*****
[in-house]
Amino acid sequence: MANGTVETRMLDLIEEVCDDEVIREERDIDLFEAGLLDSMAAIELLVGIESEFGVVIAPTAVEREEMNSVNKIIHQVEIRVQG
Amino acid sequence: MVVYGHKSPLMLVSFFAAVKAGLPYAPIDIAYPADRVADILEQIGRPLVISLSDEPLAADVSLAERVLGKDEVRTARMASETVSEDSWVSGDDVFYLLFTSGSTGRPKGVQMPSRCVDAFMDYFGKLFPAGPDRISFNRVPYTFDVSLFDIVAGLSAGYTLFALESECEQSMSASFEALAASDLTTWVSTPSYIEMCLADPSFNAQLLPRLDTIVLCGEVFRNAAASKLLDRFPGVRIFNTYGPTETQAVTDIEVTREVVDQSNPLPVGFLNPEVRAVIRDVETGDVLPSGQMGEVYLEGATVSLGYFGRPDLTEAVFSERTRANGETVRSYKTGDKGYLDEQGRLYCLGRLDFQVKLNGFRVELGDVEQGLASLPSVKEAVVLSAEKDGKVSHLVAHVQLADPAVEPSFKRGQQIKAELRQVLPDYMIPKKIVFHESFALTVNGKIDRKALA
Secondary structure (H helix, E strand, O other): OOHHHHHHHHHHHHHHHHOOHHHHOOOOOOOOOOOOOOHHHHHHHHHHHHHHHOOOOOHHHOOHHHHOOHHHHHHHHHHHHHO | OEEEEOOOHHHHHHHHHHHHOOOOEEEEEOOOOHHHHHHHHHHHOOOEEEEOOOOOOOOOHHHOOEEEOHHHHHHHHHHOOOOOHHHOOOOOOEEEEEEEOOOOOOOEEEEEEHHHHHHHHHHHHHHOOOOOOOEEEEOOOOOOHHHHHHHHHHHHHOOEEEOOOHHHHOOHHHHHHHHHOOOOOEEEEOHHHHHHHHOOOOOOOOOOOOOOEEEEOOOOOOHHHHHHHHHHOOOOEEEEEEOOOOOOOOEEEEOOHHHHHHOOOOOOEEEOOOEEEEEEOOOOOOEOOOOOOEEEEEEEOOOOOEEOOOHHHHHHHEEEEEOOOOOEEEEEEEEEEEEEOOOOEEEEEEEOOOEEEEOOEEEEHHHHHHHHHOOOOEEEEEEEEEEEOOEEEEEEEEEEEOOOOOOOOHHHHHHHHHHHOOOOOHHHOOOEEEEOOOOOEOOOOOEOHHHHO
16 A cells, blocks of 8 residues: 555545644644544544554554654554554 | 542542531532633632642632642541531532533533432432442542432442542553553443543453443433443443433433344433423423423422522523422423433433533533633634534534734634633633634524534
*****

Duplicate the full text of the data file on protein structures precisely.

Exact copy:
[in-house]
Amino acid sequence: MANGTVETRMLDLIEEVCDDEVIREERDIDLFEAGLLDSMAAIELLVGIESEFGVVIAPTAVEREEMNSVNKIIHQVEIRVQG
Amino acid sequence: MVVYGHKSPLMLVSFFAAVKAGLPYAPIDIAYPADRVADILEQIGRPLVISLSDEPLAADVSLAERVLGKDEVRTARMASETVSEDSWVSGDDVFYLLFTSGSTGRPKGVQMPSRCVDAFMDYFGKLFPAGPDRISFNRVPYTFDVSLFDIVAGLSAGYTLFALESECEQSMSASFEALAASDLTTWVSTPSYIEMCLADPSFNAQLLPRLDTIVLCGEVFRNAAASKLLDRFPGVRIFNTYGPTETQAVTDIEVTREVVDQSNPLPVGFLNPEVRAVIRDVETGDVLPSGQMGEVYLEGATVSLGYFGRPDLTEAVFSERTRANGETVRSYKTGDKGYLDEQGRLYCLGRLDFQVKLNGFRVELGDVEQGLASLPSVKEAVVLSAEKDGKVSHLVAHVQLADPAVEPSFKRGQQIKAELRQVLPDYMIPKKIVFHESFALTVNGKIDRKALA
Secondary structure (H helix, E strand, O other): OOHHHHHHHHHHHHHHHHOOHHHHOOOOOOOOOOOOOOHHHHHHHHHHHHHHHOOOOOHHHOOHHHHOOHHHHHHHHHHHHHO | OEEEEOOOHHHHHHHHHHHHOOOOEEEEEOOOOHHHHHHHHHHHOOOEEEEOOOOOOOOOHHHOOEEEOHHHHHHHHHHOOOOOHHHOOOOOOEEEEEEEOOOOOOOEEEEEEHHHHHHHHHHHHHHOOOOOOOEEEEOOOOOOHHHHHHHHHHHHHOOEEEOOOHHHHOOHHHHHHHHHOOOOOEEEEOHHHHHHHHOOOOOOOOOOOOOOEEEEOOOOOOHHHHHHHHHHOOOOEEEEEEOOOOOOOOEEEEOOHHHHHHOOOOOOEEEOOOEEEEEEOOOOOOEOOOOOOEEEEEEEOOOOOEEOOOHHHHHHHEEEEEOOOOOEEEEEEEEEEEEEOOOOEEEEEEEOOOEEEEOOEEEEHHHHHHHHHOOOOEEEEEEEEEEEOOEEEEEEEEEEEOOOOOOOOHHHHHHHHHHHOOOOOHHHOOOEEEEOOOOOEOOOOOEOHHHHO
16 A cells, blocks of 8 residues: 555545644644544544554554654554554 | 542542531532633632642632642541531532533533432432442542432442542553553443543453443433443443433433344433423423423422522523422423433433533533633634534534734634633633634524534